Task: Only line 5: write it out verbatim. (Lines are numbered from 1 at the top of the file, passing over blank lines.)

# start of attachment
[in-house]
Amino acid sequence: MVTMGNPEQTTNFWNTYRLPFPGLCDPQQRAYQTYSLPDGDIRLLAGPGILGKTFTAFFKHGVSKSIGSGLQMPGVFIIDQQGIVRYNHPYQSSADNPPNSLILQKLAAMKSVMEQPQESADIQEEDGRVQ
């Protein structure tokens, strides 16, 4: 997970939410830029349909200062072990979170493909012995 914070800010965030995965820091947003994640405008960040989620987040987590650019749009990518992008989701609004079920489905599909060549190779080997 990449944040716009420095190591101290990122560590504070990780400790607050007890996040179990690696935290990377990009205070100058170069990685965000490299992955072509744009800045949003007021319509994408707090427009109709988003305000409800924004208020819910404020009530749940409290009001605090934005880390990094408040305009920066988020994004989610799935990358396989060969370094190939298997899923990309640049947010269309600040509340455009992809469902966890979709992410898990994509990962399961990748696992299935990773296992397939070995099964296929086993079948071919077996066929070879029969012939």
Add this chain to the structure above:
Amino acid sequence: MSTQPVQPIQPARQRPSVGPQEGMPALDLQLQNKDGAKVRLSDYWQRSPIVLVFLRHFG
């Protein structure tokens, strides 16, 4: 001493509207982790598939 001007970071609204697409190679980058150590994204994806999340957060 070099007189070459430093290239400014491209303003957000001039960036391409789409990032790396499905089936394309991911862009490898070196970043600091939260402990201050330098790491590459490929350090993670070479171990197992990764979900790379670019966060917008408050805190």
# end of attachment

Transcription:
Amino acid sequence: MSTQPVQPIQPARQRPSVGPQEGMPALDLQLQNKDGAKVRLSDYWQRSPIVLVFLRHFG